Both AB Calculus and AP Statistics give you 90 minutes to answer six questions, or about a quarter-hour per question for the free response section. For the statistics section, you have to present the written explanation which makes it even more harder to complete within the stipulated time.

AP Science

In AP Chemistry there are 60 multiple-choice questions to be answered in 90 minutes and105 minutes for seven free response questions.

AP Biology has 63 multiple-choice questions and six grid-in questions to be answered in 90 minutes, and 90 minutes for eight response based questions.

There is less time per response, and the section lasts for nearly two hours leaving you more fatigued after the first hour.

Dealing with the fatigue of the Advanced Placement exams

After reading about the most popular exams on the list, you might have figured out the associated fatigue and stress. And dealing with it can be quite easy if you follow the following things regularly:

Practice more

While we may be looking at a ton of practice, the students must remember they have to practice regularly and gradually with time. Taking mock tests in time bound conditions regularly will help you in building the pace for the exam, and would also build your stamina to cope up with the associated fatigue.

Prepare for multiple choice section well in advance

In the multiple-choice section you have to be quick in your response because you would be answering hundreds of questions. You might be taking it around 8 a.m.(unless you have an afternoon slot).

Practicing multiple-choice sections is very important, so that you know the difficulty level well in advance. Some pre-runs of sample problems on the exam morning well before the exam will help you at not being disoriented when you begin reading.

Developing a strategy for answering

You have to have a strategy while taking the exams. Keeping in consideration your strong and weak points, you will be well prepared in advanced as to score better. You should follow a strategy such that you can cover your weak points by your strong points. And for figuring this out some previous papers might be helpful.

Be ready for the test day

Have a good night sleep and a healthy breakfast before the exam, because that might be helpful in keeping you organized. Even more so because most of these exams happen early in the morning at around 8 am.

You can bring some snacks with you, and can eat something at regular intervals. Taking coffee during the exam will help you to be alert, and would keep the ideas flowing that are needed for the essay parts.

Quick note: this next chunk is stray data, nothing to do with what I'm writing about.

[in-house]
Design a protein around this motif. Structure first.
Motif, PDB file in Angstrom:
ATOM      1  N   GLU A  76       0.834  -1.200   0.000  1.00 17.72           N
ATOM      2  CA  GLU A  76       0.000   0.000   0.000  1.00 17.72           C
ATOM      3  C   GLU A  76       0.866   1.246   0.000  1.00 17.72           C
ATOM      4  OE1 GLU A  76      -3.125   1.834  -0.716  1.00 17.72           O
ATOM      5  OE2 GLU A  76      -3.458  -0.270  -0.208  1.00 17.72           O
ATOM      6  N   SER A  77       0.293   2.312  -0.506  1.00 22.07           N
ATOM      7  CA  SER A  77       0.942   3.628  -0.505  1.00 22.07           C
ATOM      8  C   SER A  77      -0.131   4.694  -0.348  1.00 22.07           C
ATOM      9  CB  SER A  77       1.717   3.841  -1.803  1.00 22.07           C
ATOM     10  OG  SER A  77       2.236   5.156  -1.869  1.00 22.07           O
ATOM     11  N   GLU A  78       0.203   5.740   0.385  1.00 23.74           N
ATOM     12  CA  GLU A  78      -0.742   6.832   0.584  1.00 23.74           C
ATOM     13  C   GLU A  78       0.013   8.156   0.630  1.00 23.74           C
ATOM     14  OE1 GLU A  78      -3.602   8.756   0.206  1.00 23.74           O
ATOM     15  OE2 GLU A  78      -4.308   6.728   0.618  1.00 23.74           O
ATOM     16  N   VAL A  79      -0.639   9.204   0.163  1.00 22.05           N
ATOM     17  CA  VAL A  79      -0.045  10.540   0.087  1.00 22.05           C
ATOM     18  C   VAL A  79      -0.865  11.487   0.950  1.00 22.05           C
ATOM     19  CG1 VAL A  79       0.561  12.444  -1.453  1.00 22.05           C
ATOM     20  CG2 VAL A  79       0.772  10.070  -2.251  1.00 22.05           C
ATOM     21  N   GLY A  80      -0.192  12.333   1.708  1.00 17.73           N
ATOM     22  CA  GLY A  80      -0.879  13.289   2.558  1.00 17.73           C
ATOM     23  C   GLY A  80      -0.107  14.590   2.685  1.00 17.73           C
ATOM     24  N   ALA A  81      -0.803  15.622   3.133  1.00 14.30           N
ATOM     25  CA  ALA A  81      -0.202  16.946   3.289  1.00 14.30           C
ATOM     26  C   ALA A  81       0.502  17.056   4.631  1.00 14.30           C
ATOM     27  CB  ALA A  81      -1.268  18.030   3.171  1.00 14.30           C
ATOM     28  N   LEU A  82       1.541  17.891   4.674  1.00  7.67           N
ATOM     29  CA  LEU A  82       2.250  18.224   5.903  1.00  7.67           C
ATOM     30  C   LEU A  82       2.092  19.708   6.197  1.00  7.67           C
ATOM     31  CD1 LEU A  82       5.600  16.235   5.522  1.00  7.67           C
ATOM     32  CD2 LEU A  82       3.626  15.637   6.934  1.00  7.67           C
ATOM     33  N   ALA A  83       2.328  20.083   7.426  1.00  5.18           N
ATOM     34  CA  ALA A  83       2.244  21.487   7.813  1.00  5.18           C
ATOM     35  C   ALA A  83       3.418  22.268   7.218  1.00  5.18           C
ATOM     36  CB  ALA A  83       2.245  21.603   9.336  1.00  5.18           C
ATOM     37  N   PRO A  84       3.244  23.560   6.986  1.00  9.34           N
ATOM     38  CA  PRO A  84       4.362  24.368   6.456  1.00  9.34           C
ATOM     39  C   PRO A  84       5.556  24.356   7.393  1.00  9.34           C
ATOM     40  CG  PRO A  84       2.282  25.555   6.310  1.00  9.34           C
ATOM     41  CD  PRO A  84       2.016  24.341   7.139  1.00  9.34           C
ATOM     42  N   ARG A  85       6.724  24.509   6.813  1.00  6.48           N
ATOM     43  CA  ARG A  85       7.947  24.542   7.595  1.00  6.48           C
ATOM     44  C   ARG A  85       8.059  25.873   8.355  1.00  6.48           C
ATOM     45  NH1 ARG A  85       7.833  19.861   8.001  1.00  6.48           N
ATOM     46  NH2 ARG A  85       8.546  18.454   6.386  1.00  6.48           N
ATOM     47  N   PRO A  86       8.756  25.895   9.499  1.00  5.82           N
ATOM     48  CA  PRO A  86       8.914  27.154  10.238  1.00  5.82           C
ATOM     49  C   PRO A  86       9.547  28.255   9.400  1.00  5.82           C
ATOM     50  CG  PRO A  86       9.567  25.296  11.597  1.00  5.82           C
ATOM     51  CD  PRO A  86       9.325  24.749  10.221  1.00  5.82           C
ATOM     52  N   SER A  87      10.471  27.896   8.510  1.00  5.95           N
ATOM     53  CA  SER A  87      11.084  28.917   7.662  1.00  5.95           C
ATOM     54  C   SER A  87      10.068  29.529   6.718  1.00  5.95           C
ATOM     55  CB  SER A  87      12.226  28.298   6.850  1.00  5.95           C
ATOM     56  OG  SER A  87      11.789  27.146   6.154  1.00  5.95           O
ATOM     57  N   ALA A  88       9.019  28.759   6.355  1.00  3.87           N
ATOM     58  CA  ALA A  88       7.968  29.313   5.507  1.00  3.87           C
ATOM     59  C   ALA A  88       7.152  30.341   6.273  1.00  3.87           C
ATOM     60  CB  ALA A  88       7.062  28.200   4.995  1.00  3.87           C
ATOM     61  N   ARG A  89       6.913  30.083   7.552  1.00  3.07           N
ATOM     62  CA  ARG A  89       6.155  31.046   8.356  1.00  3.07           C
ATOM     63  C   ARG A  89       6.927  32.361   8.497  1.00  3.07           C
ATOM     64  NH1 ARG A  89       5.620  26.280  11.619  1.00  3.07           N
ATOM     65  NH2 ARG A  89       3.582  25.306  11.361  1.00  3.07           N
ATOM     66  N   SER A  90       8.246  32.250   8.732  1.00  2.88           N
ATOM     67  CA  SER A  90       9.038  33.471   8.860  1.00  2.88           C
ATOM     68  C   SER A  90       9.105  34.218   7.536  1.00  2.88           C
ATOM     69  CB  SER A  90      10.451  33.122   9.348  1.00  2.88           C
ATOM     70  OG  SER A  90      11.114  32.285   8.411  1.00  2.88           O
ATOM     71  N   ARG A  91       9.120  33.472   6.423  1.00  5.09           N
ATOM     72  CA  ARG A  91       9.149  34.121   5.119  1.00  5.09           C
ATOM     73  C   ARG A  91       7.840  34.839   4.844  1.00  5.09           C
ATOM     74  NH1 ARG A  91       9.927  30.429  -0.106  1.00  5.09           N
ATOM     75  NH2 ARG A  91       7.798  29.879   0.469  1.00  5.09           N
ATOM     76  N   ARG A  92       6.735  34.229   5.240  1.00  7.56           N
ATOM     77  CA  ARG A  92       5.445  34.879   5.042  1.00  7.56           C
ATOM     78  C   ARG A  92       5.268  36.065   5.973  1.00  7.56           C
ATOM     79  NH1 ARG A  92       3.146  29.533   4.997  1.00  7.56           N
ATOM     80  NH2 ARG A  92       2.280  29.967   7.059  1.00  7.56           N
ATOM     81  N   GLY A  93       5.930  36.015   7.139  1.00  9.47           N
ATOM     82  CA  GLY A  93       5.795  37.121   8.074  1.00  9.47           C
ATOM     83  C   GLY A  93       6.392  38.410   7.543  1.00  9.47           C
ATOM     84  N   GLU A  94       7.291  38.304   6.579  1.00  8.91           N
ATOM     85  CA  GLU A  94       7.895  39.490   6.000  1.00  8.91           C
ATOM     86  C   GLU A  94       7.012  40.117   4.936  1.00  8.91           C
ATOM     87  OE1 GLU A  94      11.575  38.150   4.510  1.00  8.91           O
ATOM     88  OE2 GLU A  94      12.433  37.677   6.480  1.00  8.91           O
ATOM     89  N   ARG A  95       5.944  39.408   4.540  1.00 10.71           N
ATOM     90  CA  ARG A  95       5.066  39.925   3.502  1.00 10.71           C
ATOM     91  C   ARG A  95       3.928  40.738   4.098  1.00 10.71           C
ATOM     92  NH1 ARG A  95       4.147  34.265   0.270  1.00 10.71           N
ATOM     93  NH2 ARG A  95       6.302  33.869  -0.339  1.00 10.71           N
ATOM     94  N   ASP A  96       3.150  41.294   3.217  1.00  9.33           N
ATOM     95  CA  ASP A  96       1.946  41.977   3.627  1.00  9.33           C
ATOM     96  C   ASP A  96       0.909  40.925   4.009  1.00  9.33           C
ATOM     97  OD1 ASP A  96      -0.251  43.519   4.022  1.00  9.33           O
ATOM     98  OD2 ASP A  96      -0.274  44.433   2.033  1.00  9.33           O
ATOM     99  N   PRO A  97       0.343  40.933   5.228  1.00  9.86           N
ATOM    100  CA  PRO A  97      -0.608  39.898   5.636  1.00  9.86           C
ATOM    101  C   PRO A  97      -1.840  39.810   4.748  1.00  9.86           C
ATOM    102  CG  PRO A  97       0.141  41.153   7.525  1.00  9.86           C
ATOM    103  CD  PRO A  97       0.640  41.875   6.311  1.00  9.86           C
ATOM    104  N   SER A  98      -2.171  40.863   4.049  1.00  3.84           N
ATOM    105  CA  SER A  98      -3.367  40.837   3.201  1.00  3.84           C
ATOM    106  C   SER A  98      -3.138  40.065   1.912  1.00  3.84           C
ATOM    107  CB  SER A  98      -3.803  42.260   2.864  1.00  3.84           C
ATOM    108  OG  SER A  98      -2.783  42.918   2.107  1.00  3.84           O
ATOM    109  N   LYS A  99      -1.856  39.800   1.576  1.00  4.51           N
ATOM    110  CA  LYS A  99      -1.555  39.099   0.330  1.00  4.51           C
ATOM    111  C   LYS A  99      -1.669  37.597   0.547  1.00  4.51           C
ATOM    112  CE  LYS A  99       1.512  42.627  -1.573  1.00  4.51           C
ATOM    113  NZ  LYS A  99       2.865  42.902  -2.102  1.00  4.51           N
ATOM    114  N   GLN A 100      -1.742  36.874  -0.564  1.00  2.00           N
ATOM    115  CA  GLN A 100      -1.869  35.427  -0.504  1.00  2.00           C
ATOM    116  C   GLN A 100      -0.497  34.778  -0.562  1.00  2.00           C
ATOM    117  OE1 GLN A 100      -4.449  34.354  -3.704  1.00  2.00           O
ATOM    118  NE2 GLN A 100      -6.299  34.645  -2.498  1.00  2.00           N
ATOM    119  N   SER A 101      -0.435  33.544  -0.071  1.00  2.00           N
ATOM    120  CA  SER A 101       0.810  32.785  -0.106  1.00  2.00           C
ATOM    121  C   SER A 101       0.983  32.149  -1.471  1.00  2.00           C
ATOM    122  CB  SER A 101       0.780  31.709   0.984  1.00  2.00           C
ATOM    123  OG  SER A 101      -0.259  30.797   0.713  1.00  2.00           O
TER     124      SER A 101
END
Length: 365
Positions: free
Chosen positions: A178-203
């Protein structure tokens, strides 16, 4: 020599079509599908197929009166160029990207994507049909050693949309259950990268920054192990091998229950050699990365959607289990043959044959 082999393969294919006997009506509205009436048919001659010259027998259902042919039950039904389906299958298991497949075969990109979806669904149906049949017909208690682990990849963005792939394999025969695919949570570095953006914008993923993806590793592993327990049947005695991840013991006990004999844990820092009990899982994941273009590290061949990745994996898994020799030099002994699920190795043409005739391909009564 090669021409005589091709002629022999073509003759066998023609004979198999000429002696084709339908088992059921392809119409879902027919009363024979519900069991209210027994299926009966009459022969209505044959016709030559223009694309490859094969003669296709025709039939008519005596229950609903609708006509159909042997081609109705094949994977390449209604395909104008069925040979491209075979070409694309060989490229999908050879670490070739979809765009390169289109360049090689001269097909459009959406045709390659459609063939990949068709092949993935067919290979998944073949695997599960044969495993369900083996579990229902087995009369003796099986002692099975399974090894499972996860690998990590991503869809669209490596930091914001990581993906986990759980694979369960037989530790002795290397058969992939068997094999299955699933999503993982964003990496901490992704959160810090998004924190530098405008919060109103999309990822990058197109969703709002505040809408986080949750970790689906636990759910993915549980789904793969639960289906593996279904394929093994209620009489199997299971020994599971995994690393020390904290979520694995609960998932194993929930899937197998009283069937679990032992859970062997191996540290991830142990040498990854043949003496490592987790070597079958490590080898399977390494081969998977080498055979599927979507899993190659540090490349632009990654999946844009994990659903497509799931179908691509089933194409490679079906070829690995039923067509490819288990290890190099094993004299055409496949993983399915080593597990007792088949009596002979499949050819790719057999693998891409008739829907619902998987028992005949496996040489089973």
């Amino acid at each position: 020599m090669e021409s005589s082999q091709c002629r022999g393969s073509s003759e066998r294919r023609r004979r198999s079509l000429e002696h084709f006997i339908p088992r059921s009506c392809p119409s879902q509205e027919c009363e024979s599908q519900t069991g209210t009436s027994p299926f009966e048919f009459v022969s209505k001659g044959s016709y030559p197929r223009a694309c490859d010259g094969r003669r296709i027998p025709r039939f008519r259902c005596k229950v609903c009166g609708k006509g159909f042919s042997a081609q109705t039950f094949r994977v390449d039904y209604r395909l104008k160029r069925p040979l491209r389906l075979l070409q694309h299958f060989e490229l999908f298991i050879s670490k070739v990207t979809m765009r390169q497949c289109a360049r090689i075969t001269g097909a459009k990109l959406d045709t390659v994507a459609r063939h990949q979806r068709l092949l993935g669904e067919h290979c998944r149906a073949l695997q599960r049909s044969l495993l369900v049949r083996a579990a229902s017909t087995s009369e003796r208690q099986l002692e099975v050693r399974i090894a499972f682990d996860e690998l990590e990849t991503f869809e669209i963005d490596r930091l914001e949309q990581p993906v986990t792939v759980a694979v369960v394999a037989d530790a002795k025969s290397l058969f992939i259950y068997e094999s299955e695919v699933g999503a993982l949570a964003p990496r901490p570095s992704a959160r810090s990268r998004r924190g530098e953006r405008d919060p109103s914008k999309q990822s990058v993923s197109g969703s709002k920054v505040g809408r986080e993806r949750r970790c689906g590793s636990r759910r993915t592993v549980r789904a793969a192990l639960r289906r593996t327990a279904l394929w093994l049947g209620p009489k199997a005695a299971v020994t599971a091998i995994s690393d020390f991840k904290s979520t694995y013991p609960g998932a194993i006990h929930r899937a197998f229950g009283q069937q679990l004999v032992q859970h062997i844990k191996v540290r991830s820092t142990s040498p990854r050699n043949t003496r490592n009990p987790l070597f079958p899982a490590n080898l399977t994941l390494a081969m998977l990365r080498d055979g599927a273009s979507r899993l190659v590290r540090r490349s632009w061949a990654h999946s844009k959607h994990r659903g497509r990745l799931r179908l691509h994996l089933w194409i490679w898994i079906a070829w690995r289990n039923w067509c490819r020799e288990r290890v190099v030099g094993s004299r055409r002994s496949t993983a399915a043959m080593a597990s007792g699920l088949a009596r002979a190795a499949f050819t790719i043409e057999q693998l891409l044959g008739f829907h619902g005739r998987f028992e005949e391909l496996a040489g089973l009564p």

Lastly, remember to check the exam schedules, as that comes early in the year.

Go through our explanatory guide on AP Exams if you think taking AP exams classes will be good for you.

If you are looking forward for ACT/ SAT guide follow our blog

Ways To Master AP TEST CLASSES/ ADVANCED PLACEMENTS COURSES Without Breaking A Sweat!

No More Mistakes With AP TEST CLASSES, ADVANCED PLACEMENTS COURSES

If you are studying in high school, you might have been hearing about Advanced Placement tests , from your friends, or teachers, or even from your parents. Some of your friends might even be taking some of them. So what is this AP tests anyway? and why is there so much hype about it.

Well, for beginners, Advanced placements tests, or classes are taken by the students, in parallel with regular high school education. These courses are designed so as to make any student ready for their undergraduate college education. Their syllabus falls in correspondence to the syllabus that students will be taught in their colleges. College Board currently runs the exam every year, and the exam is officially named as “College Board Advanced Placement Program”.

APs basically came into being in the 1950s as a result of the increased gap between high school education and college education

The APs are taken by students for admission to the colleges in the US, Canada, and at other countries. By taking APs, the students gain college credits that help in their admissions. The syllabus that is usually taught in an AP course is based on what you will be taught in your college. A good credit score will tell the admission committee how ready a student is for their college. The course will reduce your study burden in college as you would know most of the things that are in your syllabus.

Also, your time span of semester would be reduced for the subjects you have taken, because the colleges have that option for the students who have taken AP classes during their high school. AP exams will also tell about how interested you are towards a particular stream.  So for an aspiring engineer, a course in AP physics and AP computers would reflect that you are academically interested for that, and are working towards your goal, and will also prove that you have knowledge in that field.

What subject choices do you have for AP exams/tests?

There are 38 subjects/ courses in total. So as to gain a better edge over their competitors, the students mostly take multiple Advanced Placements courses during their high school’s duration. The exams are a great way to challenge yourself academically. The exams will show the admission committee how committed you are towards building a foundation for your college career, that will ultimately pave your path to a brighter career.

So how much do you have to score in Advanced placements exams anyway?

The AP exams are scored on a scale of 1-5. While getting a 5 pointer on your result is very challenging, it will also ease your chances to get admission to the college of your choice. According to a survey, the harder the subject a student takes, and the better he/ she scores on it, the easier are there chances to get admission to that particular college. Check our post regarding structure and scoring of the exam for better insights.

How much  to pay for the AP exams ?

The fees for taking an AP exam is $94 for each individual test you write. The College Board also offers a financial aid of $32 for those who need it.

As a good inhibitor for starting your career as a whole, Advanced Placements classes and tests from the College Board are a must for you. And you can try them if you are serious about a career abroad.

For a comprehensive study option to prepare for the AP exams, check our other posts also.